Despite ongoing efforts to improve workplace safety, the construction industry remains one of the most dangerous industries in the world: The percentage of work-related fatalities or fatal work injuries in the construction industry is 25%. Of these fatal injuries, approximately 36% are caused by falls from heights, one of the leading causes of accidental death among construction industry workers. Other countries - including Australia, China and South Korea - also incur significant economic, production and personnel losses from falls from height.
To prevent falls from heights, the Hunsang Choo research team from South Korea developed an automatic monitoring system. The system consists of a base module installed on each floor, a harness module, and a safety hook module worn by the worker (Figure 1, left). Barometer sensors and IMUs (inertial measurement units) are embedded in each module. The system estimates the worker's height based on the atmospheric pressure measured by the barometer and the data collected by the IMU, and determines the looseness of the safety hooks for workers at height by using the data collected by the IMU and machine learning algorithms.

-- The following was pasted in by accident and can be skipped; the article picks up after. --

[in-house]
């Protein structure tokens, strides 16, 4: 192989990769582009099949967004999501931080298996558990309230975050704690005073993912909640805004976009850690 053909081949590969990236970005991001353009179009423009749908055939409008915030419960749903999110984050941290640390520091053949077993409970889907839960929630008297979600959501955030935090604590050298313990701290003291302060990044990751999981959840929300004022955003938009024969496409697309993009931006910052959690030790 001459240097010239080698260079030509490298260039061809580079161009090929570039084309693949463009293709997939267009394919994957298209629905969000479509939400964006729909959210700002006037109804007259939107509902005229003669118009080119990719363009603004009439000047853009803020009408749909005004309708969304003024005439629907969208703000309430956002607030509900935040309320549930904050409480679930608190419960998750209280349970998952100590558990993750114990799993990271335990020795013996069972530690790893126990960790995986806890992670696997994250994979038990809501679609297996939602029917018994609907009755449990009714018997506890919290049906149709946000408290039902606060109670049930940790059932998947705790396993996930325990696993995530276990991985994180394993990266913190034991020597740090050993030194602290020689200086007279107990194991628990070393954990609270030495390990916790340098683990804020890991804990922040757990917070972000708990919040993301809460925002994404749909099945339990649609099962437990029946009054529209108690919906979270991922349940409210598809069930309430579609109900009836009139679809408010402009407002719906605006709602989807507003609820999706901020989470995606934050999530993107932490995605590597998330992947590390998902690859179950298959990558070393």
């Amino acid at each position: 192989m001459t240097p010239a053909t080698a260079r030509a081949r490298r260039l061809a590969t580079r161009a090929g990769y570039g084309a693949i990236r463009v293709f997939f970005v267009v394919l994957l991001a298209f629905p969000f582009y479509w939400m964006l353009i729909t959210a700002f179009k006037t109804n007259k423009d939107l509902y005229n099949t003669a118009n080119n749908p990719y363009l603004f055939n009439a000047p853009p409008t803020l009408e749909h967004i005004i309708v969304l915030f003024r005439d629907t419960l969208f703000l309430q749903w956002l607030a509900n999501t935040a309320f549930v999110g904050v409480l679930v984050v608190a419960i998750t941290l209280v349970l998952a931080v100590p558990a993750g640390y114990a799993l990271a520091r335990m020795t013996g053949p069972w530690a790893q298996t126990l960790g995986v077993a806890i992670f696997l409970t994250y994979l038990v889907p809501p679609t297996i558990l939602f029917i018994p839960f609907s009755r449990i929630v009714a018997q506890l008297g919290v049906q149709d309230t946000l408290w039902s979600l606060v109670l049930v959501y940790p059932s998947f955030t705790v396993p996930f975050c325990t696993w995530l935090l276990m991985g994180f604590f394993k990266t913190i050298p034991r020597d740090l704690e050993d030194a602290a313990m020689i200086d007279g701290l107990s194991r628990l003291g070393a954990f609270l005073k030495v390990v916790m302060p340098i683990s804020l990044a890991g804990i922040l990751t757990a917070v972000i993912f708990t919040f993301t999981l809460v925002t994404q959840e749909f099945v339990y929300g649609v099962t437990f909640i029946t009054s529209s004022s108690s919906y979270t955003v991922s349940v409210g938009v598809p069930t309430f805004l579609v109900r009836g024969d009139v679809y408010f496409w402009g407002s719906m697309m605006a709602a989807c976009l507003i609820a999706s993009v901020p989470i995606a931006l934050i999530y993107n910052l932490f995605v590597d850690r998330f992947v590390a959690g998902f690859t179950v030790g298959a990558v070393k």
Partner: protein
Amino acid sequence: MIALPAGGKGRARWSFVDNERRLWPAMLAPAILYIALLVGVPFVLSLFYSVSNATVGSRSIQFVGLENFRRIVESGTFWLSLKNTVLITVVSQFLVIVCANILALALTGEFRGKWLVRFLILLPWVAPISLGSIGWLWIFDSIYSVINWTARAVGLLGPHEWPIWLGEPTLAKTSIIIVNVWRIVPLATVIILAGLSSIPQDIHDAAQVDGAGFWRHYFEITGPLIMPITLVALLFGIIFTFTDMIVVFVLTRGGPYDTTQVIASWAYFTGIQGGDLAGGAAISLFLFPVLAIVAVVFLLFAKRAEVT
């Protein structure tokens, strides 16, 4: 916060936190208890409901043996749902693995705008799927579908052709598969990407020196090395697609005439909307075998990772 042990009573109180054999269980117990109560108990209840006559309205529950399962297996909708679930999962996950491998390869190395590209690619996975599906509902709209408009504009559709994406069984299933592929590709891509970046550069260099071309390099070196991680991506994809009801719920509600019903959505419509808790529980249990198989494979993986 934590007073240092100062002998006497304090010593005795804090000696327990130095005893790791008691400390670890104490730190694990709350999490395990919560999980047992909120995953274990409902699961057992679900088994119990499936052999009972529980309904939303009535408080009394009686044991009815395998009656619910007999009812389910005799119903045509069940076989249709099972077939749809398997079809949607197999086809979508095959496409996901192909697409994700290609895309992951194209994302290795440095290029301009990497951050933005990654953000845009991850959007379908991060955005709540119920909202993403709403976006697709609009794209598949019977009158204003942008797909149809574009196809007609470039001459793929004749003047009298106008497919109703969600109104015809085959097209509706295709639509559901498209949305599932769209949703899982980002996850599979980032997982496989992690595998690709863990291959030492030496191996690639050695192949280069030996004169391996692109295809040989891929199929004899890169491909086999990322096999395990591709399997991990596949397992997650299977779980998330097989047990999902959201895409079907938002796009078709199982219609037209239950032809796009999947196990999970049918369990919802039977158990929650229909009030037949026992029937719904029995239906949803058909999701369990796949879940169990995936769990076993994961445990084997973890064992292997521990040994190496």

To validate the system for this study, the team conducted field experiments. Figure 2 lists the four types of work at height and two types of work at lower heights that were performed in the field experiment. Since the mobile scaffolding and ladder tasks were performed above 2m, they were categorized as high altitude work and further classified as safety hooks firmly attached and safety hooks not attached. Trojan frames and ground tasks are classified as lower height work.
Participants performed six tasks twice, and to avoid possible data bias from a fixed experimental order, the order of the tasks was randomized, each scene took three minutes, and the experiment lasted three weeks.
The performance of the model was evaluated using a leave-one-out cross-validation process after filtering the data collected from 20 construction workers at actual construction sites to remove outliers and eliminate noise. The results show thatThe accuracy rate of the aerial work identification system is 96%, and the accuracy rate of the safety hook attachment detection system is 86%.
The safety monitoring system in this experiment (combining the worker overhead identification system and the safety hook attachment detection system) has an identification accuracy of 83%, which is sufficient for efficient use in practice. The system can help the safety supervisor at the construction site to monitor the looseness of the safety hooks of the workers at height and effectively prevent the accident of falling from height.
[Choo H, Lee B, Kim H, et al. Automated detection of construction work at heights and deployment of safety hooks using IMU with a barometer[J]. Automation in Construction, 2023, 147: 104714.]